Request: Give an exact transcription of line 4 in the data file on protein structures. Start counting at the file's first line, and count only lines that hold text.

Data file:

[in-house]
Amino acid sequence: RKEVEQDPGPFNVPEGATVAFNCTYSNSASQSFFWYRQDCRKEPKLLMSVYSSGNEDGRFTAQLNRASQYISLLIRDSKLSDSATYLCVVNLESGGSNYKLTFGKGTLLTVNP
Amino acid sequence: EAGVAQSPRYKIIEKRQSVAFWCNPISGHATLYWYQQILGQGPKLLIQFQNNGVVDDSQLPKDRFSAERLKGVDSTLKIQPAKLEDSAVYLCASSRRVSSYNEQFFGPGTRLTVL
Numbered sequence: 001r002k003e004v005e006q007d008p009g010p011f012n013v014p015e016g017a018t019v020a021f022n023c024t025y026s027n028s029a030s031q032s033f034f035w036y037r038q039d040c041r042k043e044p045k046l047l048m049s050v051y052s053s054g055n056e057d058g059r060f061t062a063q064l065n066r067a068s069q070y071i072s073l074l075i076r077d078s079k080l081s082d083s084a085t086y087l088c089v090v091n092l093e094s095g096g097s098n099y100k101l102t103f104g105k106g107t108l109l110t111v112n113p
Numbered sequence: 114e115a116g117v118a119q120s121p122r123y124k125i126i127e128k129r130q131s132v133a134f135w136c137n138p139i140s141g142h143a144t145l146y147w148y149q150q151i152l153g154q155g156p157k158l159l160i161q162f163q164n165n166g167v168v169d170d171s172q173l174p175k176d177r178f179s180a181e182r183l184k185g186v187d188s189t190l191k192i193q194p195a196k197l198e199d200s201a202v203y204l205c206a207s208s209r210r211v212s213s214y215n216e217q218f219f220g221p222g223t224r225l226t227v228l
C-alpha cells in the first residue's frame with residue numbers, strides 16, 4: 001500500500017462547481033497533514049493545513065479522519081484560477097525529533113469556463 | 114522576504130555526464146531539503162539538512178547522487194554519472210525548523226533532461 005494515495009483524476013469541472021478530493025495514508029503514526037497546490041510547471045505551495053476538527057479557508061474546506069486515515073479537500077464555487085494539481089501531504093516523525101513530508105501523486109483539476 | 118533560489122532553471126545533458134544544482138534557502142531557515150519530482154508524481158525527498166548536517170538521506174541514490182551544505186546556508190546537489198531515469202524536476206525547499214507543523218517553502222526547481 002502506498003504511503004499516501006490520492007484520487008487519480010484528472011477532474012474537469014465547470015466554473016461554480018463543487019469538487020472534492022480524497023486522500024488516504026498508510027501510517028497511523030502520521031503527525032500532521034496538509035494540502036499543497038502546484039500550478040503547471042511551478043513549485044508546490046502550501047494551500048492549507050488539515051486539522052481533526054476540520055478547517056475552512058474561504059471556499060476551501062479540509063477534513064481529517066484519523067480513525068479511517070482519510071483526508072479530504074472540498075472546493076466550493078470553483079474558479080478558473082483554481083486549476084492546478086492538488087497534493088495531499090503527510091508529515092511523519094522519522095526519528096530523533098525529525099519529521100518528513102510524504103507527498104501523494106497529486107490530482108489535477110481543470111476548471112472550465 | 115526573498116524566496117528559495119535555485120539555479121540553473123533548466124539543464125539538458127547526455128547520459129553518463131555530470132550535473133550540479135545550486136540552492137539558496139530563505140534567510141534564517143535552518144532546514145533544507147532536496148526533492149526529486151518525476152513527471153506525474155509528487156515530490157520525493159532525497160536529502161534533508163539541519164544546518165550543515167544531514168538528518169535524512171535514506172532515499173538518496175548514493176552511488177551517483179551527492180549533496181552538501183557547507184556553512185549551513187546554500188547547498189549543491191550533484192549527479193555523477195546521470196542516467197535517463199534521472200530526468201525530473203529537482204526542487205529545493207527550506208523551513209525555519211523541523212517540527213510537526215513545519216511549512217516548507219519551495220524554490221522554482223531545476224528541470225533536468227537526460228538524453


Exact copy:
Numbered sequence: 001r002k003e004v005e006q007d008p009g010p011f012n013v014p015e016g017a018t019v020a021f022n023c024t025y026s027n028s029a030s031q032s033f034f035w036y037r038q039d040c041r042k043e044p045k046l047l048m049s050v051y052s053s054g055n056e057d058g059r060f061t062a063q064l065n066r067a068s069q070y071i072s073l074l075i076r077d078s079k080l081s082d083s084a085t086y087l088c089v090v091n092l093e094s095g096g097s098n099y100k101l102t103f104g105k106g107t108l109l110t111v112n113p